Roth IRAs have attracted retirement savers since their introduction in 1998.
They offer the potential for tax-free retirement income, provided Internal Revenue Service rules are followed.
Do Roth IRAs seem even more attractive these days?
Perhaps. You can cite two factors: current tax rates and the passage of the Setting Every Community Up for Retirement Enhancement (SECURE) Act.
Roth IRAs differ from traditional IRAs.
Typically, distributions from traditional IRAs must start once you reach age 72, and the money distributed is taxed as ordinary income. When distributions are taken before age 59½, they may be subject to a 10% federal income tax penalty (although, the CARES Act does allow for some exceptions to those penalties for the 2020 tax year).1
On the other hand, if you are the original owner of a Roth IRA, you do not have to start taking distributions at age 72. And if you are least 59½ years old and have owned the Roth IRA for at least five years, any distributions you take may be exempt from federal taxes.
Remember, this article is for informational purposes only. It does not replace real-life financial or tax advice. Be sure to consult a tax or financial professional before making any decisions regarding your traditional IRA or Roth IRA.
Converting a Traditional IRA to a Roth IRA is a taxable event.
You pay ordinary income tax on the converted amount. And federal tax rates are now near historic lows, thanks to the Tax Cuts and Jobs Act, and they are scheduled to stay there through 2025.3
The SECURE Act ruled that a non-spouse beneficiary of an IRA must completely withdraw that inherited IRA balance within 10 years rather than over the beneficiary’s lifetime (the previous guideline). The distribution can be taken as a lump sum or in payments over the 10 years. There is no set guideline other than it must be empty in 10 years.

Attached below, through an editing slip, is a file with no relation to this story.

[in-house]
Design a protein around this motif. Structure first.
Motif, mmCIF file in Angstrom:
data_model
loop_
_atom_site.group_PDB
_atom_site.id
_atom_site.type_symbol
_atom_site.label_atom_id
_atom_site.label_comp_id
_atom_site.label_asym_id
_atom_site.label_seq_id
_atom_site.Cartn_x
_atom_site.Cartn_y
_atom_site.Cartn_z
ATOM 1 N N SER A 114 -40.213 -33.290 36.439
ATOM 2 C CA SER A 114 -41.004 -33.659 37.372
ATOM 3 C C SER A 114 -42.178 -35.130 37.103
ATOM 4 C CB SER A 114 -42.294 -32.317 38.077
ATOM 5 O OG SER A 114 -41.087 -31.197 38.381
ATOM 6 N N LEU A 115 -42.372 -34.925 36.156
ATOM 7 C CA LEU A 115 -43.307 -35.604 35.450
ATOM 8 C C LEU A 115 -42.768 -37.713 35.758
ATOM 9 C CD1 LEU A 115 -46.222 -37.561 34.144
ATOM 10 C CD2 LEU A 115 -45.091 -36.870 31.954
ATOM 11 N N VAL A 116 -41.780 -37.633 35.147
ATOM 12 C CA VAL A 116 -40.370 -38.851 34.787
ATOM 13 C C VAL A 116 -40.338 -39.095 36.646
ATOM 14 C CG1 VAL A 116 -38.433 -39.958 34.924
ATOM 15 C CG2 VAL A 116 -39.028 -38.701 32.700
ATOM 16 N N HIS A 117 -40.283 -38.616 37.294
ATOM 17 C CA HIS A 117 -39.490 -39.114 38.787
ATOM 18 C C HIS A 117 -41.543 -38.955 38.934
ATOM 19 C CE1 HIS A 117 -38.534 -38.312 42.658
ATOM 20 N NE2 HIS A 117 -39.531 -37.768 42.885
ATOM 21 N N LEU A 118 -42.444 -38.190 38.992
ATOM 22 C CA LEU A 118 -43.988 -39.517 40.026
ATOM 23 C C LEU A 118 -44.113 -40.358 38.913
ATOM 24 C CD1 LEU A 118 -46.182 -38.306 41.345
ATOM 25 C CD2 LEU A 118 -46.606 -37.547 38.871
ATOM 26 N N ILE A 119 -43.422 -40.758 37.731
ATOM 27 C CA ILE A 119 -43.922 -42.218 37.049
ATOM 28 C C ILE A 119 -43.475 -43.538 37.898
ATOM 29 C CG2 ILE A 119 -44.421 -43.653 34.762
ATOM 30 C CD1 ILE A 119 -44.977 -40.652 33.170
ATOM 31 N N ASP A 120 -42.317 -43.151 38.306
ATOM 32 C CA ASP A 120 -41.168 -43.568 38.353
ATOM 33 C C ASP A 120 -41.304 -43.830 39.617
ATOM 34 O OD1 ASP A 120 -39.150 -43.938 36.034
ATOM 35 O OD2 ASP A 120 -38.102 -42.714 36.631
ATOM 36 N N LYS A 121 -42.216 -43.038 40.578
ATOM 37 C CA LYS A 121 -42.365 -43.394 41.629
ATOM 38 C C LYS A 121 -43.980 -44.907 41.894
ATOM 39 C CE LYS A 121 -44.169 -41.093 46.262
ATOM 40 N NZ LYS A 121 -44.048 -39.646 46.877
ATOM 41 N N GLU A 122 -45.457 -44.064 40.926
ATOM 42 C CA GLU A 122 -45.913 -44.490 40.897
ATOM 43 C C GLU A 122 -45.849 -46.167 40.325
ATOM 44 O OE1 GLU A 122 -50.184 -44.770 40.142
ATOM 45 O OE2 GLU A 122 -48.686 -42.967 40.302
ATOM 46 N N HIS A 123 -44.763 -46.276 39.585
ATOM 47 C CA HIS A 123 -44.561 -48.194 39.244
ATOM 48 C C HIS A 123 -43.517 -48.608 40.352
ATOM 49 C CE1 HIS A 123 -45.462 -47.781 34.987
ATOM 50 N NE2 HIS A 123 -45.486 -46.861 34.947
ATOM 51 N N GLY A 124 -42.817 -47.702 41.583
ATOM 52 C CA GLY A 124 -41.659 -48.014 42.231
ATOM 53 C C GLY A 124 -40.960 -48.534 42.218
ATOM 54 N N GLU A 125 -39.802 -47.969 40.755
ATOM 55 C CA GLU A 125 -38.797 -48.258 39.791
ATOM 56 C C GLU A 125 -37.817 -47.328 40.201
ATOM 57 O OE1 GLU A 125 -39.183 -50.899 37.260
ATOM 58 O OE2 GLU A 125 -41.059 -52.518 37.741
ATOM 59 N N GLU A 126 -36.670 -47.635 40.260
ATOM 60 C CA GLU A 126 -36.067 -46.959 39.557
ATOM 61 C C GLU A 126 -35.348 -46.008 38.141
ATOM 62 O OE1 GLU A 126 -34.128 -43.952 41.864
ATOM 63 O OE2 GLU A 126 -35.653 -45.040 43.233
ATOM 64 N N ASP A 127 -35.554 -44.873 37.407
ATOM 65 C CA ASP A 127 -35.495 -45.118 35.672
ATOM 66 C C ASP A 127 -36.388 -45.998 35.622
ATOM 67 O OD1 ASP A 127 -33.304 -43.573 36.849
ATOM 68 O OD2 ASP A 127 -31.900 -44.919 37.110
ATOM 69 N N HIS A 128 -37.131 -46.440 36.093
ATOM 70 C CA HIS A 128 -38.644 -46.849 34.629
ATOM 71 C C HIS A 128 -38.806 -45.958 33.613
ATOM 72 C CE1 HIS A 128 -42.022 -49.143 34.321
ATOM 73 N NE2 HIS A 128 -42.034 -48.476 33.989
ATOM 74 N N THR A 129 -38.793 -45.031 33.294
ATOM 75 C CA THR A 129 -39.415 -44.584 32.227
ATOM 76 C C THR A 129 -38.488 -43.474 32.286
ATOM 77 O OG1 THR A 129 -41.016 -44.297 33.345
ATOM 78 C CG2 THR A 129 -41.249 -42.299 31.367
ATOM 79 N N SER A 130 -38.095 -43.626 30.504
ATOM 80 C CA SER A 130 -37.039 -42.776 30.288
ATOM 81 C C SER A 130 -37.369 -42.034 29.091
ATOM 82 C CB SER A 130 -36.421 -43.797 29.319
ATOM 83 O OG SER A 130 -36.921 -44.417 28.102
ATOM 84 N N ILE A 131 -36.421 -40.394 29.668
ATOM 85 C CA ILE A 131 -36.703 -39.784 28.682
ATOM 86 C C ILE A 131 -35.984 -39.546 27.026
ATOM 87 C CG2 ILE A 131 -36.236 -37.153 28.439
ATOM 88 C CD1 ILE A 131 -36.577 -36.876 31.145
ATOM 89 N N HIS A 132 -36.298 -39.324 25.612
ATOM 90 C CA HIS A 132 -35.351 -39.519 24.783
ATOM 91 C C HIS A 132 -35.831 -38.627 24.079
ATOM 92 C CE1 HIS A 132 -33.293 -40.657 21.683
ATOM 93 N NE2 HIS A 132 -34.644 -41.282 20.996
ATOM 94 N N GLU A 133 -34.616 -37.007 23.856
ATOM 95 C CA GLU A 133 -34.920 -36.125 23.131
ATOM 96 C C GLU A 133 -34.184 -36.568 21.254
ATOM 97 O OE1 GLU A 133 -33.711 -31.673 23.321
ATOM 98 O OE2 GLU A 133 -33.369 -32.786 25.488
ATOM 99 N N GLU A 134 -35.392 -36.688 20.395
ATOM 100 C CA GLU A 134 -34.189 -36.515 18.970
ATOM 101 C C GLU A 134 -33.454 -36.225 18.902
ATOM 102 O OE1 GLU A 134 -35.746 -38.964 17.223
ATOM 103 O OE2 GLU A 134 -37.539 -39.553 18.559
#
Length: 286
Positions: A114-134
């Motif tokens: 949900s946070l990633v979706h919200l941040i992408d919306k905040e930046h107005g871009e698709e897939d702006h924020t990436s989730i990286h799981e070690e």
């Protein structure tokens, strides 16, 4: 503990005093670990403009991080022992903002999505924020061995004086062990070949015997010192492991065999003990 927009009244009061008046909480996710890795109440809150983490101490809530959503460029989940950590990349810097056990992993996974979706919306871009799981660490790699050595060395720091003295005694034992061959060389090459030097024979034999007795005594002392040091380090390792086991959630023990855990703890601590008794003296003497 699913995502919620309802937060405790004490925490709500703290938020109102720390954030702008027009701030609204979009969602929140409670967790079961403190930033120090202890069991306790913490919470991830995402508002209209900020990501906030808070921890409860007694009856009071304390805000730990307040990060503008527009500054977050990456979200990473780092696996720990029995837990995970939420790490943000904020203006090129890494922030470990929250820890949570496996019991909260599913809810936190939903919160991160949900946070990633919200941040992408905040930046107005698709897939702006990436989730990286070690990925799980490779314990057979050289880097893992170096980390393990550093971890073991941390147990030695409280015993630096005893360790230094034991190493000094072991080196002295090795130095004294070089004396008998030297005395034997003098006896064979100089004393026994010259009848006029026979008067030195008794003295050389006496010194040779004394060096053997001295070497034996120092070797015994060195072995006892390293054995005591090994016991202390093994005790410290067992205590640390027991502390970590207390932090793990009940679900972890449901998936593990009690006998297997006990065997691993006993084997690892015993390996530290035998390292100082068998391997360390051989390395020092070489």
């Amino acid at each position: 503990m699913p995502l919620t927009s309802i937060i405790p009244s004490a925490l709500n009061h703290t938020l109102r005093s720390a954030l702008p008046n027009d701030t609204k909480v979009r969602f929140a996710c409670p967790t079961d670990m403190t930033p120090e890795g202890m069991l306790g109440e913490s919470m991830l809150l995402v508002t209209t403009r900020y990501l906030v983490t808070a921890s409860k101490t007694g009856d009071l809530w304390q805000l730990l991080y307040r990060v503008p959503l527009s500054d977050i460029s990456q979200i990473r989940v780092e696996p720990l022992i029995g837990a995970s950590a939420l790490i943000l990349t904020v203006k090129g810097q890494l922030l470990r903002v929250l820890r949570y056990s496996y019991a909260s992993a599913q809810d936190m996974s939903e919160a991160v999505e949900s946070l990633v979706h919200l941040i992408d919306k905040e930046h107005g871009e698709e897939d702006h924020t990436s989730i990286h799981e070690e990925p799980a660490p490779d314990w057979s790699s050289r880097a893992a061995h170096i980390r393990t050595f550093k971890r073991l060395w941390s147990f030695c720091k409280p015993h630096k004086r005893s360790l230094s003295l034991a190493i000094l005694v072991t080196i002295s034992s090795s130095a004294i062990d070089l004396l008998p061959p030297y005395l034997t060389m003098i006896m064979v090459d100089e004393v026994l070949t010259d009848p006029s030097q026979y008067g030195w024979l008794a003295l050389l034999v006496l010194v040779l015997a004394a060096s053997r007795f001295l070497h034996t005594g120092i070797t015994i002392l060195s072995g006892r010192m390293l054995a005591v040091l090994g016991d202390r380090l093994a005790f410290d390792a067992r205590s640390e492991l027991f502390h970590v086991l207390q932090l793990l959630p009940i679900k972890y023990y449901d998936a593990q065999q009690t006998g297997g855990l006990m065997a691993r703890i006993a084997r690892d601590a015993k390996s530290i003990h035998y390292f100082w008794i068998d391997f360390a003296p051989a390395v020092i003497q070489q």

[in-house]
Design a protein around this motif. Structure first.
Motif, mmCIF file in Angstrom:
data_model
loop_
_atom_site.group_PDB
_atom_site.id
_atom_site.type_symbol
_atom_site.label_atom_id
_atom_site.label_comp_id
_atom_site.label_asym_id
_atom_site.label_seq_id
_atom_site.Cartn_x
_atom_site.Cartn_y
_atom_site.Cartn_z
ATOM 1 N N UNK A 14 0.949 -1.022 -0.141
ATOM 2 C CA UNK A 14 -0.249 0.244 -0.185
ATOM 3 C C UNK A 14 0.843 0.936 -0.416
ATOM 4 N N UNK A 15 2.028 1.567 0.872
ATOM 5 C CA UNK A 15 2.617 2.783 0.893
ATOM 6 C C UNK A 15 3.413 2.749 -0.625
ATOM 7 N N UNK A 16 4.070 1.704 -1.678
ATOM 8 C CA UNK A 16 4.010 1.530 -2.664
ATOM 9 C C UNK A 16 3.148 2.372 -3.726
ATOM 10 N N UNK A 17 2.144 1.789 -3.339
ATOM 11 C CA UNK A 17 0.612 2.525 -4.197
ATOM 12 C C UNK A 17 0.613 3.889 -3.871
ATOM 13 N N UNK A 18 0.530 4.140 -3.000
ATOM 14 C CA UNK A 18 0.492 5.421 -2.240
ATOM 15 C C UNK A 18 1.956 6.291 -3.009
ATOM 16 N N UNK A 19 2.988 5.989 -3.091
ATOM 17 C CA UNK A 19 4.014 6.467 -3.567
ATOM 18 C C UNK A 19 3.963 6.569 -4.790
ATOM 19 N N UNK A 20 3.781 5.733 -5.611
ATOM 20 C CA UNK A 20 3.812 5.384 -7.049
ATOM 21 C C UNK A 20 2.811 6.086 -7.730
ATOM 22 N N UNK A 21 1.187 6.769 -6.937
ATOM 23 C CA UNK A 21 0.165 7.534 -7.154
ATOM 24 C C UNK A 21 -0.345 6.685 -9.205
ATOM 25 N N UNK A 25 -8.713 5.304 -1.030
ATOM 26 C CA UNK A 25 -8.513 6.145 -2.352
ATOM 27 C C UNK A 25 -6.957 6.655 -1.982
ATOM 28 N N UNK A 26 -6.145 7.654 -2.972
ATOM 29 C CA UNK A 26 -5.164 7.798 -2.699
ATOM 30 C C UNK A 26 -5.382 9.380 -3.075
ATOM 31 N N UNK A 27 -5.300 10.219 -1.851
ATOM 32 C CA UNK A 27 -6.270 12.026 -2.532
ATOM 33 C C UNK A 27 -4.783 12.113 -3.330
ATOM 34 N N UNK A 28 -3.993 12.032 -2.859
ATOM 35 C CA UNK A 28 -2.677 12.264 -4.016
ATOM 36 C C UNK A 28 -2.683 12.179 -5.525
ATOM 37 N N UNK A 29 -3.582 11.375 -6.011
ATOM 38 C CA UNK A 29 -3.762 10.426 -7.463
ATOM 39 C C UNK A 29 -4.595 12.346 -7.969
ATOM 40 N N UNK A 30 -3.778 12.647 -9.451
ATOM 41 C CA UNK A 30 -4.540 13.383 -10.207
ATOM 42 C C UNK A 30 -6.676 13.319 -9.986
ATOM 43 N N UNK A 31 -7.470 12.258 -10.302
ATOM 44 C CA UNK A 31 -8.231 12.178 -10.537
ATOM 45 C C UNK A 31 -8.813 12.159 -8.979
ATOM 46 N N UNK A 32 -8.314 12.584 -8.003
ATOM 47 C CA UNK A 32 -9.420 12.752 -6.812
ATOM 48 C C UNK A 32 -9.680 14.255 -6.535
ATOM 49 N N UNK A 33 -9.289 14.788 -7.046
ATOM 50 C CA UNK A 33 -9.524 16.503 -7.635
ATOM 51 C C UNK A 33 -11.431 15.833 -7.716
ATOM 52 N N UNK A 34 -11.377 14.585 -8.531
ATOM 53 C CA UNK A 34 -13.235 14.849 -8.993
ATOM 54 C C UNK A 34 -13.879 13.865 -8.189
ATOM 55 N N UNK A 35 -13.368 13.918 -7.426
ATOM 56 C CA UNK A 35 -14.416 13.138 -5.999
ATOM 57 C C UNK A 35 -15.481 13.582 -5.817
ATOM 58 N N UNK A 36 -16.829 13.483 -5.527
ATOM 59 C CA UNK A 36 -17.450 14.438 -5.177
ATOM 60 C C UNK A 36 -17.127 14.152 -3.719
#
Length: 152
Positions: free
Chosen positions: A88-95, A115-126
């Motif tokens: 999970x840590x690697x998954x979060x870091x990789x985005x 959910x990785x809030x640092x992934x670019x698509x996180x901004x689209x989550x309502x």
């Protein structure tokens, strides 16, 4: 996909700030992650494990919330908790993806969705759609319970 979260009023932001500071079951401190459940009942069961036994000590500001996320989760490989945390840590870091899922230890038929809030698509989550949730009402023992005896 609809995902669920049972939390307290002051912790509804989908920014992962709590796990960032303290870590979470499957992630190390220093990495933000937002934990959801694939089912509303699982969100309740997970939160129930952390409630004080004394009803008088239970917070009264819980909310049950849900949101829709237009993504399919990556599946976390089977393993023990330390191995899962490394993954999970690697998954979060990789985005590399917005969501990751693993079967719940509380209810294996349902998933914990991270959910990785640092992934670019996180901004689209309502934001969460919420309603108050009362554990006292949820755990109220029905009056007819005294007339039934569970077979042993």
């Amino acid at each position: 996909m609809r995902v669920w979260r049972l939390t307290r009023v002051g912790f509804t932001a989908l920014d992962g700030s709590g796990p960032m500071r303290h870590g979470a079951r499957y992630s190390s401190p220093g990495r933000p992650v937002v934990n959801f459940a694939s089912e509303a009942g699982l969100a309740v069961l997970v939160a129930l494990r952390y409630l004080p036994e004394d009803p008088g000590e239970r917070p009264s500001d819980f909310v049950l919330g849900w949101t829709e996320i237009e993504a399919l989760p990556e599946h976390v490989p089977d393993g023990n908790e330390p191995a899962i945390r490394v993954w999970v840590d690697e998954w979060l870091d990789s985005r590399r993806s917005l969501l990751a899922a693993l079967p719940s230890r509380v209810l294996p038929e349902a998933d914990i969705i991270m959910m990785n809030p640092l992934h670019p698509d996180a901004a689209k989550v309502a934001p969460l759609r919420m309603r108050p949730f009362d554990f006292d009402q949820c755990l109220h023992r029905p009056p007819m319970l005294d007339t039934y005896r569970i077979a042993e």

The rules are similar for a non-spousal beneficiary of a Roth IRA. The new owner must deplete the inherited IRA in 10 years. However, there may not be any federal income taxes on the withdrawn amounts, assuming I.R.S. rules have been respected.3
A Roth conversion may be appealing purely from an income tax perspective.
Taxable incomes have declined for many households due to recent economic slowdown, resulting from the COVID-19 pandemic in 2020, and it might put some traditional IRA owners in lower tax brackets this year. Add in the fact that federal income tax rates are low, to begin with, and 2020 could be a good time to go Roth.3
Remember that any Roth IRA conversion is a taxable event, and these conversions can no longer be undone. Also, keep in mind that tax rules change from year to year, and future tax changes may affect IRAs.
James Ptacek may be reached at 440-891-1200 or firstname.lastname@example.org
This material was prepared by MarketingPro, Inc., and does not necessarily represent the views of the presenting party, nor their affiliates. This information has been derived from sources believed to be accurate. Please note - investing involves risk, and past performance is no guarantee of future results. The publisher is not engaged in rendering legal, accounting or other professional services. If assistance is needed, the reader is advised to engage the services of a competent professional. This information should not be construed as investment, tax or legal advice and may not be relied on for the purpose of avoiding any Federal tax penalty. This is neither a solicitation nor recommendation to purchase or sell any investment or insurance product or service, and should not be relied upon as such. All indices are unmanaged and are not illustrative of any particular investment.
- TheStreet, May 13, 2020
- NerdWallet, July 31, 2020
- Bankrate, July 21, 2020